I took a picture of this butterfly this morning, balancing on the end of a piece of grass, gently and irregularly opening and closing his wings. Like my father, I can’t get a clear shot. He is in and out of focus. Will the monarch have the energy to gather with the others at the edge of Lake Ontario and make the thousands of kilometres trek to Mexico? Or is that something for the others. Have they already gathered on this cool September morning.
I am sitting beside my father as he sleeps, restlessly in his hospital bed. He had a couple of strokes last week. It’s been a long week and the long drives have been spent thinking about the past.
As a little boy the only way I could hold my father’s hand was to take hold of his finger with my little hand, to keep him close. And in the car, he would lean forward onto the steering wheel to have me grab him from behind and pull him back off of the steering wheel. I can’t imagine what it felt like for him to have my little hands holding, clutching, pulling. That was our language and our vocabulary.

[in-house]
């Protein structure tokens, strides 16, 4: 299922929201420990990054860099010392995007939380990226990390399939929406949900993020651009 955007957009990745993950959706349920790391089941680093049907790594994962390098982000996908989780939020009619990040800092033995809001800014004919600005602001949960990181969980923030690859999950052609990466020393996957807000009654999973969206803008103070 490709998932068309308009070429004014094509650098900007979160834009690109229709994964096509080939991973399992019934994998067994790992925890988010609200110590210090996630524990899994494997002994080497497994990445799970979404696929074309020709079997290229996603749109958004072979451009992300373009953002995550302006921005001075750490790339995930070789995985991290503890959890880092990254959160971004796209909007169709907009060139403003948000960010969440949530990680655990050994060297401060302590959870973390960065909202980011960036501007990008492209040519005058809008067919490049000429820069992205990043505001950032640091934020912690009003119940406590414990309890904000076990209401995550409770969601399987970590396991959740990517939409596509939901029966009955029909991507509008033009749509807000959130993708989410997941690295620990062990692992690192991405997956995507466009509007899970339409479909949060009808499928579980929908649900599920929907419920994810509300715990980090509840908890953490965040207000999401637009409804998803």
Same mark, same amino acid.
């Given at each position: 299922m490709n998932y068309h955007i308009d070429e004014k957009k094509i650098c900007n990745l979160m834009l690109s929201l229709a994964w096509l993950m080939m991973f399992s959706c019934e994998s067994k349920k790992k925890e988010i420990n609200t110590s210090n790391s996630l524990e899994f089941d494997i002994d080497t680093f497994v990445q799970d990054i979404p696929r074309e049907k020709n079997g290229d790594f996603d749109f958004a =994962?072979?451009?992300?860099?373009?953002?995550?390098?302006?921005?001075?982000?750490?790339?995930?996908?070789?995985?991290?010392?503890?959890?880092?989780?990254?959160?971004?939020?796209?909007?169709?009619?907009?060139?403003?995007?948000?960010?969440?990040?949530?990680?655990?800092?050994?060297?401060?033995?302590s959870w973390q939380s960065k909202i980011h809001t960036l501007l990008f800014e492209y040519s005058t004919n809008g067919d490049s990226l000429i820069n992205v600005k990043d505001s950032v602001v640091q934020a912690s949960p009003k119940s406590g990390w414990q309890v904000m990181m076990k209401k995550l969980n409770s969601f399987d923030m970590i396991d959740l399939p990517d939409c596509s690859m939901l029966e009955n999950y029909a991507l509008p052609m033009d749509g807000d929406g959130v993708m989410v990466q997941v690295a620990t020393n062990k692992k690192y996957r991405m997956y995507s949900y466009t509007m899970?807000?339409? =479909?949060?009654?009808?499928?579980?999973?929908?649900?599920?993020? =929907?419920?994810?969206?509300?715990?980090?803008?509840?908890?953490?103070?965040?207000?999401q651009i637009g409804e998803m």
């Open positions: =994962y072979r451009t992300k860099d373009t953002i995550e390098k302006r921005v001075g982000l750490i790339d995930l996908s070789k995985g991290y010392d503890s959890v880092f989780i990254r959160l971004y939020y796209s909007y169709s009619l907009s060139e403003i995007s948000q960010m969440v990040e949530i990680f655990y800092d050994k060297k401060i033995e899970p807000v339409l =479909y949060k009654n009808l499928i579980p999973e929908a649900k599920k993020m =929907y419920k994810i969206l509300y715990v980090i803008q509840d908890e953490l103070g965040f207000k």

I’ve brought some enlarged photographs to the hospital for him to see, when he wakes. They are pictures of our favourite place on the Ottawa River. I remember, years ago, maybe in my twenties or thirties––my days of prodigal son long behind––one hot and sunny afternoon, we stood waist high in the river, by the dock, drinking beers from “the French side” ––Quebec. We talked about simple things and perhaps happiness. Out loud, I said to my father, “maybe this is as good as it gets,” only because it was so perfect to be in that moment with my dad, with the sun seeming to hang motionless in the middle of the afternoon.
I am blessed with these stills and vignettes from my life. I suppose our lives have been complicated, interesting, challenging, but never boring. My father is a bright man, but our times together have always been filled with simplicity and frequently silent. With little need to speak.
Here, now, watching him, there is so little that needs to be said, it was spoken in those moments years before.
The butterfly surprised me this morning, and it wasn’t until much later that I saw his little balancing act with so much familiarity and recognition.